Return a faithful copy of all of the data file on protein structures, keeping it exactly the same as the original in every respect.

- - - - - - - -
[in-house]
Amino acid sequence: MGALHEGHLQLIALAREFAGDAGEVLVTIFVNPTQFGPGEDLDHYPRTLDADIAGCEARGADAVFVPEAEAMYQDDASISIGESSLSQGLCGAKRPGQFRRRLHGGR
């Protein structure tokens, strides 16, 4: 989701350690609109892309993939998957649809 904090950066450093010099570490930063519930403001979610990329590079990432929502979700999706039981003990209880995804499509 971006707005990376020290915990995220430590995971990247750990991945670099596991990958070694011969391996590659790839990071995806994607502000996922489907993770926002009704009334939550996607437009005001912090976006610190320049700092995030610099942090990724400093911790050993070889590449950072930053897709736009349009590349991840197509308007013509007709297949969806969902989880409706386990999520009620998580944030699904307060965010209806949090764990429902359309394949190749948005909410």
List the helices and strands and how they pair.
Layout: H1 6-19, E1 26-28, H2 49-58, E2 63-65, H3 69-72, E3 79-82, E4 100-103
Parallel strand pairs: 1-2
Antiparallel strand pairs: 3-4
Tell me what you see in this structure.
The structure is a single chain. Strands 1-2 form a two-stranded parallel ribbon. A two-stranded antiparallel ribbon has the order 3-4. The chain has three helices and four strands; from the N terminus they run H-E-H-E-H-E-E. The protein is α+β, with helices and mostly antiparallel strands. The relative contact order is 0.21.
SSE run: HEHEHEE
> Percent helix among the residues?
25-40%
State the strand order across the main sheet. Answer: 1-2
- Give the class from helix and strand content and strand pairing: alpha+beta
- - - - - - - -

[in-house]
Amino acid sequence: MGALHEGHLQLIALAREFAGDAGEVLVTIFVNPTQFGPGEDLDHYPRTLDADIAGCEARGADAVFVPEAEAMYQDDASISIGESSLSQGLCGAKRPGQFRRRLHGGR
């Protein structure tokens, strides 16, 4: 989701350690609109892309993939998957649809 904090950066450093010099570490930063519930403001979610990329590079990432929502979700999706039981003990209880995804499509 971006707005990376020290915990995220430590995971990247750990991945670099596991990958070694011969391996590659790839990071995806994607502000996922489907993770926002009704009334939550996607437009005001912090976006610190320049700092995030610099942090990724400093911790050993070889590449950072930053897709736009349009590349991840197509308007013509007709297949969806969902989880409706386990999520009620998580944030699904307060965010209806949090764990429902359309394949190749948005909410």
List the helices and strands and how they pair.
Layout: H1 6-19, E1 26-28, H2 49-58, E2 63-65, H3 69-72, E3 79-82, E4 100-103
Parallel strand pairs: 1-2
Antiparallel strand pairs: 3-4
Tell me what you see in this structure.
The structure is a single chain. Strands 1-2 form a two-stranded parallel ribbon. A two-stranded antiparallel ribbon has the order 3-4. The chain has three helices and four strands; from the N terminus they run H-E-H-E-H-E-E. The protein is α+β, with helices and mostly antiparallel strands. The relative contact order is 0.21.
SSE run: HEHEHEE
> Percent helix among the residues?
25-40%
State the strand order across the main sheet. Answer: 1-2
- Give the class from helix and strand content and strand pairing: alpha+beta